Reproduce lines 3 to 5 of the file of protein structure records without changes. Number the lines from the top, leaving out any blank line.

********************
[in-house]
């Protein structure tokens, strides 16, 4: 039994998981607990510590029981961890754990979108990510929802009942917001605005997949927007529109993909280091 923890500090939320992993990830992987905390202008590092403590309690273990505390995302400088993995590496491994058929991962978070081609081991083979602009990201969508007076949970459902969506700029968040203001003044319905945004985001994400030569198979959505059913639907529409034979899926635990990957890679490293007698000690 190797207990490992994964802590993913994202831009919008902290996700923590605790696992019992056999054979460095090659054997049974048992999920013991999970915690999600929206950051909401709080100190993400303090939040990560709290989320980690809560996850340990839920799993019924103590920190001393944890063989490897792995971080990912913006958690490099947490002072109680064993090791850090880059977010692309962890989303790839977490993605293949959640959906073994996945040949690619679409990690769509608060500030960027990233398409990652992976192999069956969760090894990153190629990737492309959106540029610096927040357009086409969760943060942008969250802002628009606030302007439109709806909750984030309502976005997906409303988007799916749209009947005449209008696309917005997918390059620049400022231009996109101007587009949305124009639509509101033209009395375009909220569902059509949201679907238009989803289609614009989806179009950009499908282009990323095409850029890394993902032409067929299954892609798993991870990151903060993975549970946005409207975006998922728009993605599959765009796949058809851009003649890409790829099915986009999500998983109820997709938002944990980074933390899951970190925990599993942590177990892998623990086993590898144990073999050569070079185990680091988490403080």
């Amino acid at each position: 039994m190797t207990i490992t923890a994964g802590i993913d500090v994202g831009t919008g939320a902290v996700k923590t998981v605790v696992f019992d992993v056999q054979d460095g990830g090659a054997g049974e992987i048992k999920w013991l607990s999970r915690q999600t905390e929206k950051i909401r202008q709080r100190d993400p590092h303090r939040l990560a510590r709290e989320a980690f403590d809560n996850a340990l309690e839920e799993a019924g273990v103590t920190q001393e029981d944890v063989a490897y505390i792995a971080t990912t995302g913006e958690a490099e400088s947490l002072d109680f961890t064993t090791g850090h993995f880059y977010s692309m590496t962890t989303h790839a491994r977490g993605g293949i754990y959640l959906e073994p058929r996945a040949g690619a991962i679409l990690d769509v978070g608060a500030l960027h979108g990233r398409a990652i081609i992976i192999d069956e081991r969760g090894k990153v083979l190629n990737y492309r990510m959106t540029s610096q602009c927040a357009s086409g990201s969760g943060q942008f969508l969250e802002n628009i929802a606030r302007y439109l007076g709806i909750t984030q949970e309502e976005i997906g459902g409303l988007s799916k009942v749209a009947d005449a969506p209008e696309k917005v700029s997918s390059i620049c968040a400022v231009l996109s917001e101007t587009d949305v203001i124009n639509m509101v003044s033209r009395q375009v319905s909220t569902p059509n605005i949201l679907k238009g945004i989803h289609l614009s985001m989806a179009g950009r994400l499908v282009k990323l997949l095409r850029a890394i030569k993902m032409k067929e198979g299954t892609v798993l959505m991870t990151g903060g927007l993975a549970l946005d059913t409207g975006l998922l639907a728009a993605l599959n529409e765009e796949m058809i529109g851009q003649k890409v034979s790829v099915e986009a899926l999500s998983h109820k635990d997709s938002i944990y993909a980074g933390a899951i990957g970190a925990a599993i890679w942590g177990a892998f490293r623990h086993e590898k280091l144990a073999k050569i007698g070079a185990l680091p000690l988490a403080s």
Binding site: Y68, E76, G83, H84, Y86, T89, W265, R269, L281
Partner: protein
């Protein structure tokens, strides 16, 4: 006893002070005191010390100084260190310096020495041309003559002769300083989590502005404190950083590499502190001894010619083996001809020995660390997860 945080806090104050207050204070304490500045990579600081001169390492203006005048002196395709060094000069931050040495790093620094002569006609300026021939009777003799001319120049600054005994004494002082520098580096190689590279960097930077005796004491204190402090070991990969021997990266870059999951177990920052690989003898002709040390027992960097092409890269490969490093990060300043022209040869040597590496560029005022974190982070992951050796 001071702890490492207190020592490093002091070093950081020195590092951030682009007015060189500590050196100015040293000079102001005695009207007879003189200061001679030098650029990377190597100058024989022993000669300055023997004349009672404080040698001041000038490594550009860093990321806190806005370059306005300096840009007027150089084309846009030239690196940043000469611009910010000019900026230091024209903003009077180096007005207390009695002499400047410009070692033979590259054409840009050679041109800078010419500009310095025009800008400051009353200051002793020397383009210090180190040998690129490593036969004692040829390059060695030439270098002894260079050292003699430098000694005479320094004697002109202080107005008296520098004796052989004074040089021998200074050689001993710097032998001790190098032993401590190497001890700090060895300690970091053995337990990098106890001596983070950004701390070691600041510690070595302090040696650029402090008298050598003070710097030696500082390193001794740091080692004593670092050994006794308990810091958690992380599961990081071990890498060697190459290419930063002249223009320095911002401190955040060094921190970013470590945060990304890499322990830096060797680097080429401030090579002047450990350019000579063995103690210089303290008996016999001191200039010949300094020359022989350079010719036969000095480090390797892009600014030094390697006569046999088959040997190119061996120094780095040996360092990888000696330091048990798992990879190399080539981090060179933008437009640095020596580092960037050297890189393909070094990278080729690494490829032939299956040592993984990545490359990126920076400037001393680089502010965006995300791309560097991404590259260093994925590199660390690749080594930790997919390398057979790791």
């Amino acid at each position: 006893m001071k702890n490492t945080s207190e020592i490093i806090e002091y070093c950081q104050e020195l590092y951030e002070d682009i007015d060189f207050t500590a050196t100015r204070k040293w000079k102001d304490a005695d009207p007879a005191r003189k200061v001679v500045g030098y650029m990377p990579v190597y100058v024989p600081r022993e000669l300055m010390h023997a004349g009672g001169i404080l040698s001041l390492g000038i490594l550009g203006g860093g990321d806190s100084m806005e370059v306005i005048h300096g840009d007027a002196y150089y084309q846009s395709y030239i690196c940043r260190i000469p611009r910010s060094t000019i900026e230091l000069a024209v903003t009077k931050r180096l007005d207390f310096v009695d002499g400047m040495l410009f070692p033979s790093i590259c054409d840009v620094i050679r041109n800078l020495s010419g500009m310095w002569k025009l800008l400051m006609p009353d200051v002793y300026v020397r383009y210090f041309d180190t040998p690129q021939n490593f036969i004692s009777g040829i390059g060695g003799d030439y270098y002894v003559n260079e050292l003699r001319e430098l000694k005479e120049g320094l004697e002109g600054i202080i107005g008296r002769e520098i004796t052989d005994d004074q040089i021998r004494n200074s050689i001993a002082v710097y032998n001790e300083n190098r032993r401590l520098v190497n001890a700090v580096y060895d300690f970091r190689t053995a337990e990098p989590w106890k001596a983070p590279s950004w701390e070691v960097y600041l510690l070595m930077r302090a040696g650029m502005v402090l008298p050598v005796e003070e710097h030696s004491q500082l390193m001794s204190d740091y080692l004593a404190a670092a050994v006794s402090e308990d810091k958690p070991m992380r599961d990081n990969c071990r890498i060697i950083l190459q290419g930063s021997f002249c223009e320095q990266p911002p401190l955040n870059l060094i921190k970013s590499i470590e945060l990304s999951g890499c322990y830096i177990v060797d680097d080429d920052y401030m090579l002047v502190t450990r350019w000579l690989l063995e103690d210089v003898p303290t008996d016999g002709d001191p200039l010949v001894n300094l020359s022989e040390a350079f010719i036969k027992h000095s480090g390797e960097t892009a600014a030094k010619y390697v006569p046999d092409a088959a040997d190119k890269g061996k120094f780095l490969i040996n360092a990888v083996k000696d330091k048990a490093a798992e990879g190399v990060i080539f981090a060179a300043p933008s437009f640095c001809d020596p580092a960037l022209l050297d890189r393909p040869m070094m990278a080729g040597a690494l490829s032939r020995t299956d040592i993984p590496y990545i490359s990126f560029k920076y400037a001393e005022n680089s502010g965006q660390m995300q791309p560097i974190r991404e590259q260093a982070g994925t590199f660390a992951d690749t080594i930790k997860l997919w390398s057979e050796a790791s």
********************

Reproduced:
């Amino acid at each position: 039994m190797t207990i490992t923890a994964g802590i993913d500090v994202g831009t919008g939320a902290v996700k923590t998981v605790v696992f019992d992993v056999q054979d460095g990830g090659a054997g049974e992987i048992k999920w013991l607990s999970r915690q999600t905390e929206k950051i909401r202008q709080r100190d993400p590092h303090r939040l990560a510590r709290e989320a980690f403590d809560n996850a340990l309690e839920e799993a019924g273990v103590t920190q001393e029981d944890v063989a490897y505390i792995a971080t990912t995302g913006e958690a490099e400088s947490l002072d109680f961890t064993t090791g850090h993995f880059y977010s692309m590496t962890t989303h790839a491994r977490g993605g293949i754990y959640l959906e073994p058929r996945a040949g690619a991962i679409l990690d769509v978070g608060a500030l960027h979108g990233r398409a990652i081609i992976i192999d069956e081991r969760g090894k990153v083979l190629n990737y492309r990510m959106t540029s610096q602009c927040a357009s086409g990201s969760g943060q942008f969508l969250e802002n628009i929802a606030r302007y439109l007076g709806i909750t984030q949970e309502e976005i997906g459902g409303l988007s799916k009942v749209a009947d005449a969506p209008e696309k917005v700029s997918s390059i620049c968040a400022v231009l996109s917001e101007t587009d949305v203001i124009n639509m509101v003044s033209r009395q375009v319905s909220t569902p059509n605005i949201l679907k238009g945004i989803h289609l614009s985001m989806a179009g950009r994400l499908v282009k990323l997949l095409r850029a890394i030569k993902m032409k067929e198979g299954t892609v798993l959505m991870t990151g903060g927007l993975a549970l946005d059913t409207g975006l998922l639907a728009a993605l599959n529409e765009e796949m058809i529109g851009q003649k890409v034979s790829v099915e986009a899926l999500s998983h109820k635990d997709s938002i944990y993909a980074g933390a899951i990957g970190a925990a599993i890679w942590g177990a892998f490293r623990h086993e590898k280091l144990a073999k050569i007698g070079a185990l680091p000690l988490a403080s």
Binding site: Y68, E76, G83, H84, Y86, T89, W265, R269, L281
Partner: protein